One thing that frequently strikes me when I look at many natural treatments is how little thought seems to go into creating an effective formula. The fact is, many, if not most, of the natural treatments out there are formulated with ingredients intended more to look good on the bottle than actually bring about results. Simply put, if results were the goal these lists would be shorter and the dosages higher.
This goes not only for treatments intended to fight acne and bring about clear skin, but for basically every ailment out there for which there are natural supplements available. Take arthritis for instance. Glucosamine sulfate has been proven to help alleviate symptoms of osteoarthritis, but you need at least 1,500 mg per day. Now, a dozen other natural supplements may also aid in arthritis relief, but many of them require similarly high doses. No supplement is going to be able to contain enough of all of them unless you’re taking 20+ pills per day.
Common sense would say to simply include a few proven ingredients at doses clinically shown to work. Unfortunately, that doesn’t look as good on the bottle. So instead, what companies tend to do is throw in everything that has ever been shown to help with the problem, all in dosages too weak to actually bring about any effect. It’s not hard to get sales, as it looks great on the website to have all those ingredients with their many benefits spelled out, even when the end product is little more than a placebo.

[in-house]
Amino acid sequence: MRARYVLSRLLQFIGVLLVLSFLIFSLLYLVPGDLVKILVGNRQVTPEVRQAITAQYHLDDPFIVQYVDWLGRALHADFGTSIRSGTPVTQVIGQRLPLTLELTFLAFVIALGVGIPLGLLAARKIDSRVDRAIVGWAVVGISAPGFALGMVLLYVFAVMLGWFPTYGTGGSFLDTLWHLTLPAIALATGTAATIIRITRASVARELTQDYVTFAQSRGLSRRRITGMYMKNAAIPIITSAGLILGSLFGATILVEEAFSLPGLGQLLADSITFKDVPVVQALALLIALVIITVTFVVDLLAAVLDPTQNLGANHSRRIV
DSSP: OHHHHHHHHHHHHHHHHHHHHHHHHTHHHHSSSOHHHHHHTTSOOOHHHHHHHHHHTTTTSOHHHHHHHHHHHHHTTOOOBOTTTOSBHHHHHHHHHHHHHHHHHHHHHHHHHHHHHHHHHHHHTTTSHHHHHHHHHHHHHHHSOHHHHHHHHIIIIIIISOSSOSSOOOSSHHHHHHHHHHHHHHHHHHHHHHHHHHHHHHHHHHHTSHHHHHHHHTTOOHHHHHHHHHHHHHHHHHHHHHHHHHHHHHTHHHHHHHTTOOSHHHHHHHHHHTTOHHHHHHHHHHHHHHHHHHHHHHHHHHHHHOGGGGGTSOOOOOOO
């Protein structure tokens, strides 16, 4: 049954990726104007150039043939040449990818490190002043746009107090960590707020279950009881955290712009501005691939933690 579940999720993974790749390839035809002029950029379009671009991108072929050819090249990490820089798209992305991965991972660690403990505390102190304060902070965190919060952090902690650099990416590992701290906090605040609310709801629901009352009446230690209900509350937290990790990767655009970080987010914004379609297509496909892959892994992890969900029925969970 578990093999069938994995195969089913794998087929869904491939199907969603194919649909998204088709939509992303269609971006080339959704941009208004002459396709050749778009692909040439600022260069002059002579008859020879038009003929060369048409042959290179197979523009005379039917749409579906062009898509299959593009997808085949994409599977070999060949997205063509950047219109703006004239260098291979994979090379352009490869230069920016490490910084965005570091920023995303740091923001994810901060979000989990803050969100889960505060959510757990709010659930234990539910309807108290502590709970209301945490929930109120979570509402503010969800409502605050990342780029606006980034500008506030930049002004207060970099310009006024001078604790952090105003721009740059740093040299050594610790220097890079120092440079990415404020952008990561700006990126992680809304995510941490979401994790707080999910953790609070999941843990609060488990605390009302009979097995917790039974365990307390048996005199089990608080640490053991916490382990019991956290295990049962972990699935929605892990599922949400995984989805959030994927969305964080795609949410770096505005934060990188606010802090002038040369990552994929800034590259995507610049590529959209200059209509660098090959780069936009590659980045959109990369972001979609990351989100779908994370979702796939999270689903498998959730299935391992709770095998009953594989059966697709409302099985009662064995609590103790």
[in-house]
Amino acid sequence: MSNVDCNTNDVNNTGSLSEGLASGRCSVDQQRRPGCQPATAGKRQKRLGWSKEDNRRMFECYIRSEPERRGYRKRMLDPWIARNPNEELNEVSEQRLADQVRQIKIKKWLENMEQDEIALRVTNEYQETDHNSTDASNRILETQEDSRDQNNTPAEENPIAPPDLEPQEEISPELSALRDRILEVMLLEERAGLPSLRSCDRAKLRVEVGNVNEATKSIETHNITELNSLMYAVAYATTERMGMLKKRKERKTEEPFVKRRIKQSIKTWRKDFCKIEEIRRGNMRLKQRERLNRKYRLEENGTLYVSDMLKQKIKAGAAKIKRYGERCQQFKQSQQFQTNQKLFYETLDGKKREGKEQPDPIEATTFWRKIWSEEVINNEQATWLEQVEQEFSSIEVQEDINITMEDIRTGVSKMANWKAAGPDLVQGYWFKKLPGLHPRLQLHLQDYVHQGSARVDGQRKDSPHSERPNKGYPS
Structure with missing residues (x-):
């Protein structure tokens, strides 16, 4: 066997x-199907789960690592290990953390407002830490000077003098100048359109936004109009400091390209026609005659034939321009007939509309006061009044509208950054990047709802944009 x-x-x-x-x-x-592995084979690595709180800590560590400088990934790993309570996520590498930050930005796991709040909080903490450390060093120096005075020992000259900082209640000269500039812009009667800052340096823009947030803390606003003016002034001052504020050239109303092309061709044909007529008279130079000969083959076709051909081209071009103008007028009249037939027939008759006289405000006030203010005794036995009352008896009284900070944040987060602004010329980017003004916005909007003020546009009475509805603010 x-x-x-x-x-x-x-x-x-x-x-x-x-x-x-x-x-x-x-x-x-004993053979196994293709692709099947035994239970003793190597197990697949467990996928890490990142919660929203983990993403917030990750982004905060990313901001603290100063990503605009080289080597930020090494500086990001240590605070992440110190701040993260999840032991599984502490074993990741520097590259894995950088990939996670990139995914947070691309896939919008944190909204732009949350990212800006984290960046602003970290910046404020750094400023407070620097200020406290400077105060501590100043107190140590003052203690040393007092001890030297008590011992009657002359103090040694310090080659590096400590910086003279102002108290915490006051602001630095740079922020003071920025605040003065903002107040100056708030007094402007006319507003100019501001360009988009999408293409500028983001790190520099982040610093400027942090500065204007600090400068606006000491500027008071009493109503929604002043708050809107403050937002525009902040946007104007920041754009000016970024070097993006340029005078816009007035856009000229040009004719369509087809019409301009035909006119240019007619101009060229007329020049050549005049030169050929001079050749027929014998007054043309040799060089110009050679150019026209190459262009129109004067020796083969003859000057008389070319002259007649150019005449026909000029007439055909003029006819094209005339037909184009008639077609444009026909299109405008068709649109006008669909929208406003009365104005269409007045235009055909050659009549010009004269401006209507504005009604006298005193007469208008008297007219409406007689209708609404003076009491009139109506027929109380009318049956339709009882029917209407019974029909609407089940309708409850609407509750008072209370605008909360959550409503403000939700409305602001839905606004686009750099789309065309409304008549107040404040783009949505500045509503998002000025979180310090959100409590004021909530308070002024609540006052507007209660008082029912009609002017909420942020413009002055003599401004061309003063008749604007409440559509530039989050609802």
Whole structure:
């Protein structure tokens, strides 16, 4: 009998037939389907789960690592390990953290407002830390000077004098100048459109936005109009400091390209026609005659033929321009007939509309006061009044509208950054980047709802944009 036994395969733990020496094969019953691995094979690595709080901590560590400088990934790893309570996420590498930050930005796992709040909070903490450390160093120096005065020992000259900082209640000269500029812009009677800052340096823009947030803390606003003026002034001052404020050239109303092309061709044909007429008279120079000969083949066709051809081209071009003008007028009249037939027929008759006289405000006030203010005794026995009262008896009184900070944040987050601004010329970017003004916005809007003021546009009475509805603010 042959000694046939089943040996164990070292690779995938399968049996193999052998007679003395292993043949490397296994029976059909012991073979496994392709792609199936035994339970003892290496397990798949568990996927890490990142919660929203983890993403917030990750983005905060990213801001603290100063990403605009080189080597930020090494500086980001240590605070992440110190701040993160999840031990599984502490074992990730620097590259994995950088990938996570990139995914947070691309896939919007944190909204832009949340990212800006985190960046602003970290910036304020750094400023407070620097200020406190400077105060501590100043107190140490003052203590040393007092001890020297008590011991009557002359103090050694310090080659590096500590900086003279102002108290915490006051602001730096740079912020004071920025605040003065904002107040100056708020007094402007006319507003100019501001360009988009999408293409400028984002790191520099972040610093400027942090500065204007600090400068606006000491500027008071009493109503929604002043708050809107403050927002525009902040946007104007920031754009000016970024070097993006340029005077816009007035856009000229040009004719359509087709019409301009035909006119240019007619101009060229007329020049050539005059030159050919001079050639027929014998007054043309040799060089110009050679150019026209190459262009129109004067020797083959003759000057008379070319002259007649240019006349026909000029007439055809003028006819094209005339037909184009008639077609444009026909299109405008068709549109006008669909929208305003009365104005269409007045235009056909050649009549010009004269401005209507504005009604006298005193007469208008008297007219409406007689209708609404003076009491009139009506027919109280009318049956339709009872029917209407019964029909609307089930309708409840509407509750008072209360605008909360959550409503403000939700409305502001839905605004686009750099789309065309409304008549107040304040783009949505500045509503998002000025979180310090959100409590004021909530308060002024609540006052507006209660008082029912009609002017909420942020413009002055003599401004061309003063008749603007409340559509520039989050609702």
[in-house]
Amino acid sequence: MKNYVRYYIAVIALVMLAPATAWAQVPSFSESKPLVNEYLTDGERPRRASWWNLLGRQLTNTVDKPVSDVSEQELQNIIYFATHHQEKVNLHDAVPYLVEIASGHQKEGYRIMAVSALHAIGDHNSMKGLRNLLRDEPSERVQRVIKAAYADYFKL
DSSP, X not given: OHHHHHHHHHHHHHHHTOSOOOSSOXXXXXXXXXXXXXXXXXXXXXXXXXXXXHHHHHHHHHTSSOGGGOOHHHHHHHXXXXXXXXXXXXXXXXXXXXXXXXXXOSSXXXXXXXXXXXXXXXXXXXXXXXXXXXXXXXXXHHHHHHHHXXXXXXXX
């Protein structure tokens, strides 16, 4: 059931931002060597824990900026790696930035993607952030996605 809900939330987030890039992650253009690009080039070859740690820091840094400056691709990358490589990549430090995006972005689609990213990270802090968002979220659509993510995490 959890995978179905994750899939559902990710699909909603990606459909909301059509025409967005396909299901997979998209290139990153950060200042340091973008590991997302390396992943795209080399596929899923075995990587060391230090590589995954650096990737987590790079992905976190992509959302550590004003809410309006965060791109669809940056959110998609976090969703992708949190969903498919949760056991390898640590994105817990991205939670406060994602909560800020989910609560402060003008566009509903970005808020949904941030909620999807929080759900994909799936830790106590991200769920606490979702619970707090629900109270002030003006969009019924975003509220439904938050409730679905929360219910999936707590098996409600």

I’ve recently talked about some of the health benefits related to supplements such as vitamins E and C, and noted that these benefits usually require a significant daily intake to be seen. This is simply a fact of life for most vitamins when it comes to treating a specific ailment. However, with some supplements (most often minerals), small doses may indeed be effective. Here’s the thing to remember about ingredients such as heavy minerals that are often effective in small doses - they usually have to be taken in small doses as otherwise they become toxic and/or result in dangerous side effects. So these ingredients may very well work at minimal intake levels, but be careful not to go too far over those levels, and pay attention to your body, as people can differ in how well their bodies tolerate minerals such as zinc.
In the end, most formulas that intend to treat a specific health problem using a long cocktail list of ingredients simply don’t work. The ingredients that do work in small doses are often harmful in larger doses, so protect your body and your pocketbook by doing your homework first. A number of sites provide in-depth information about supplements and treatment levels. The health-notes section of Vitacost is a good place to start.